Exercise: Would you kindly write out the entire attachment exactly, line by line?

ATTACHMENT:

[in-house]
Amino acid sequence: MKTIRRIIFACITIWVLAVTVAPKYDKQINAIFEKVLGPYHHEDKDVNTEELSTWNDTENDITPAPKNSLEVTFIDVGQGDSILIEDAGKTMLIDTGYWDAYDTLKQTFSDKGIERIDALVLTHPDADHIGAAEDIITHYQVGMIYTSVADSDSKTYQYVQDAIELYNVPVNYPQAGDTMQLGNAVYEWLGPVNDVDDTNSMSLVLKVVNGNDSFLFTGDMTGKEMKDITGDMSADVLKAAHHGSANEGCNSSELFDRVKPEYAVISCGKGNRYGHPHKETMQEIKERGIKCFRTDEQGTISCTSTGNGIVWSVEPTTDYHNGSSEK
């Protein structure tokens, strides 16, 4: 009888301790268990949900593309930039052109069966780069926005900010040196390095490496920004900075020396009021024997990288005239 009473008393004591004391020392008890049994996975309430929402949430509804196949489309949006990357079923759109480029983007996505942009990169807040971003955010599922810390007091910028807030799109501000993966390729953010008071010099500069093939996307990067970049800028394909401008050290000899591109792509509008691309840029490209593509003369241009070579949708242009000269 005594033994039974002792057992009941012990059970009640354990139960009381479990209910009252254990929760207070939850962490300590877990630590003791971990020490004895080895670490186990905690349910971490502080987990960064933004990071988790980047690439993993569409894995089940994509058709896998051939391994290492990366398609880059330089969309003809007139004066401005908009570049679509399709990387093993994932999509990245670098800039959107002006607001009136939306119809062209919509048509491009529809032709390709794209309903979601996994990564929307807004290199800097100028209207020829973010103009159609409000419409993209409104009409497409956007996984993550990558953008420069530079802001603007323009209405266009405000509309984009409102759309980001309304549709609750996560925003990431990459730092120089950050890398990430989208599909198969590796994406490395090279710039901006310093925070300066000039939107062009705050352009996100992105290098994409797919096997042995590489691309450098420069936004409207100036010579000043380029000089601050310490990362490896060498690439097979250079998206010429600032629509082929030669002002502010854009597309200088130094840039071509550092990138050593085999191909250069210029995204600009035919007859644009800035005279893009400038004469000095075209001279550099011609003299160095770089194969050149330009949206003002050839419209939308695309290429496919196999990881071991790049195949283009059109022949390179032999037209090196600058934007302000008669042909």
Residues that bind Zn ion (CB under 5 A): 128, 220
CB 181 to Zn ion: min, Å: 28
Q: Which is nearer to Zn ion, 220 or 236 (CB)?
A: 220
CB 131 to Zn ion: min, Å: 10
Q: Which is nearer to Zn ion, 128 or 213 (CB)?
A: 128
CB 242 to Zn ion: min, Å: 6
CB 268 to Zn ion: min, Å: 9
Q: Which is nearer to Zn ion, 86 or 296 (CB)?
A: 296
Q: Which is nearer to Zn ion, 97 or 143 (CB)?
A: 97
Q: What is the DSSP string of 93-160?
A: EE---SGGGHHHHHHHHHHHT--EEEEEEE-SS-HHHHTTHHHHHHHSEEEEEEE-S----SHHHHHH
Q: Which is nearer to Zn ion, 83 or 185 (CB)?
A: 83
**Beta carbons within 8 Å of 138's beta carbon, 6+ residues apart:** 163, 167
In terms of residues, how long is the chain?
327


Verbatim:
[in-house]
Amino acid sequence: MKTIRRIIFACITIWVLAVTVAPKYDKQINAIFEKVLGPYHHEDKDVNTEELSTWNDTENDITPAPKNSLEVTFIDVGQGDSILIEDAGKTMLIDTGYWDAYDTLKQTFSDKGIERIDALVLTHPDADHIGAAEDIITHYQVGMIYTSVADSDSKTYQYVQDAIELYNVPVNYPQAGDTMQLGNAVYEWLGPVNDVDDTNSMSLVLKVVNGNDSFLFTGDMTGKEMKDITGDMSADVLKAAHHGSANEGCNSSELFDRVKPEYAVISCGKGNRYGHPHKETMQEIKERGIKCFRTDEQGTISCTSTGNGIVWSVEPTTDYHNGSSEK
């Protein structure tokens, strides 16, 4: 009888301790268990949900593309930039052109069966780069926005900010040196390095490496920004900075020396009021024997990288005239 009473008393004591004391020392008890049994996975309430929402949430509804196949489309949006990357079923759109480029983007996505942009990169807040971003955010599922810390007091910028807030799109501000993966390729953010008071010099500069093939996307990067970049800028394909401008050290000899591109792509509008691309840029490209593509003369241009070579949708242009000269 005594033994039974002792057992009941012990059970009640354990139960009381479990209910009252254990929760207070939850962490300590877990630590003791971990020490004895080895670490186990905690349910971490502080987990960064933004990071988790980047690439993993569409894995089940994509058709896998051939391994290492990366398609880059330089969309003809007139004066401005908009570049679509399709990387093993994932999509990245670098800039959107002006607001009136939306119809062209919509048509491009529809032709390709794209309903979601996994990564929307807004290199800097100028209207020829973010103009159609409000419409993209409104009409497409956007996984993550990558953008420069530079802001603007323009209405266009405000509309984009409102759309980001309304549709609750996560925003990431990459730092120089950050890398990430989208599909198969590796994406490395090279710039901006310093925070300066000039939107062009705050352009996100992105290098994409797919096997042995590489691309450098420069936004409207100036010579000043380029000089601050310490990362490896060498690439097979250079998206010429600032629509082929030669002002502010854009597309200088130094840039071509550092990138050593085999191909250069210029995204600009035919007859644009800035005279893009400038004469000095075209001279550099011609003299160095770089194969050149330009949206003002050839419209939308695309290429496919196999990881071991790049195949283009059109022949390179032999037209090196600058934007302000008669042909």
Residues that bind Zn ion (CB under 5 A): 128, 220
CB 181 to Zn ion: min, Å: 28
Q: Which is nearer to Zn ion, 220 or 236 (CB)?
A: 220
CB 131 to Zn ion: min, Å: 10
Q: Which is nearer to Zn ion, 128 or 213 (CB)?
A: 128
CB 242 to Zn ion: min, Å: 6
CB 268 to Zn ion: min, Å: 9
Q: Which is nearer to Zn ion, 86 or 296 (CB)?
A: 296
Q: Which is nearer to Zn ion, 97 or 143 (CB)?
A: 97
Q: What is the DSSP string of 93-160?
A: EE---SGGGHHHHHHHHHHHT--EEEEEEE-SS-HHHHTTHHHHHHHSEEEEEEE-S----SHHHHHH
Q: Which is nearer to Zn ion, 83 or 185 (CB)?
A: 83
**Beta carbons within 8 Å of 138's beta carbon, 6+ residues apart:** 163, 167
In terms of residues, how long is the chain?
327